The UK government should take responsibility for clearing Yemen of unexploded British-made cluster bombs used in its civil war, an SNP MP has said.
Margaret Ferrier called on the Government to "clean up its own mess" and "show an appropriate level of responsibility" by committing to rid of the country of the munitions.
In December, Defence Secretary Sir Michael Fallon confirmed UK-supplied cluster bombs had been used by Saudi Arabian-led forces in the war.
He told MPs a limited number of BL-755 cluster munitions exported from the UK in the 1980s were dropped by the Arab coalition in January.
Prior to Mr Fallon's admission, media reports - including by ITV News - had suggested cluster bombs made in the UK were being used.
In November, Saudi Arabia denied their use and claimed the photographs weapons seen by ITV News were "manipulation" and relics from a previous conflict.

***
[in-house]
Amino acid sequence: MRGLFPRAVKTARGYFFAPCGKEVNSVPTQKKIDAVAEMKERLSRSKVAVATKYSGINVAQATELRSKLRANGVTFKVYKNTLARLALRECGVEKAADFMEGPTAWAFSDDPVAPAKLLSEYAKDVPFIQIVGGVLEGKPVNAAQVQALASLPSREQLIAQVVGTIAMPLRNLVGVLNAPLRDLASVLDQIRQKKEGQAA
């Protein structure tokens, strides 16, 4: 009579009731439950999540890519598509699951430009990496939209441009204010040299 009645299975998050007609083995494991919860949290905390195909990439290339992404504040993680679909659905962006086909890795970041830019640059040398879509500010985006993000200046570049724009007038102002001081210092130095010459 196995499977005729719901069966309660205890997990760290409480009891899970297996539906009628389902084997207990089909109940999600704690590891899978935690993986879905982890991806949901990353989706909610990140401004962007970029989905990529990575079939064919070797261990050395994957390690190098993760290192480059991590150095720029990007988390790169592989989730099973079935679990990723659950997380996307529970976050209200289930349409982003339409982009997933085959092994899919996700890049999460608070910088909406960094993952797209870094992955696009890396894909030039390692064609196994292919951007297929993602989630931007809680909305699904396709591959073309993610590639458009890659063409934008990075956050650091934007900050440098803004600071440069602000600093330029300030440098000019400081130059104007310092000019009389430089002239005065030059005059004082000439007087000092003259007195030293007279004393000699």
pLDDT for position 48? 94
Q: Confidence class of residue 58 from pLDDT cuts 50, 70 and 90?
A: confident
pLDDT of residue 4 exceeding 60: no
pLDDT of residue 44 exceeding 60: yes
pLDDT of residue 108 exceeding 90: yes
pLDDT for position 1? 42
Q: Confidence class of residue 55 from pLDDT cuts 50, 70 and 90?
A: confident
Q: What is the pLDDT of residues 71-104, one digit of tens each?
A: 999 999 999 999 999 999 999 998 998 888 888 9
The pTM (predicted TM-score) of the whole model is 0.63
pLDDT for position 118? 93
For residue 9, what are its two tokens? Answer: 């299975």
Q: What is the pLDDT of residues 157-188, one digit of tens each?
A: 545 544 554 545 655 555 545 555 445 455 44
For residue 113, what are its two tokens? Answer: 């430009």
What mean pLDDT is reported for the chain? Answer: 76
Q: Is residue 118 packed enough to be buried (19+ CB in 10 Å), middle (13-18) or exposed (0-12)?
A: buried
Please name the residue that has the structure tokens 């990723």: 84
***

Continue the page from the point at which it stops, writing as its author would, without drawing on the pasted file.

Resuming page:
Cluster bombs are designed to release dozens of smaller bombs over a wide area, but the smaller munitions do not always explode, posing a major risk to returning civilians.
They were prohibited in 2010 in an international treaty signed by Britain.
Speaking during a Commons debate on the conflict, Ms Ferrier, the MP for Rutherglen and Hamilton West, said UK foreign policy "needs to put the innocent civilians of Yemen first."
She said: "Will the UK Government take sole responsibility for ensuring that any and all UK-produced cluster munitions dropped in Yemen are cleared, working alongside national de-mining institutions including the Yemen Executive Mine Action Centre and increasing the direct funding they receive from the UK as necessary?"
"In short, what I am asking of the Government is for an undertaking to clean up its own mess and to show an appropriate level of responsibility," she added.
Saudi Arabia has told the Government it will not use further BL-755s while the UK has requested the Saudis destroy the remaining stock of cluster bombs.
MPs have called for an independent investigation into allegations made against both sides of breaches of international humanitarian law in Yemen.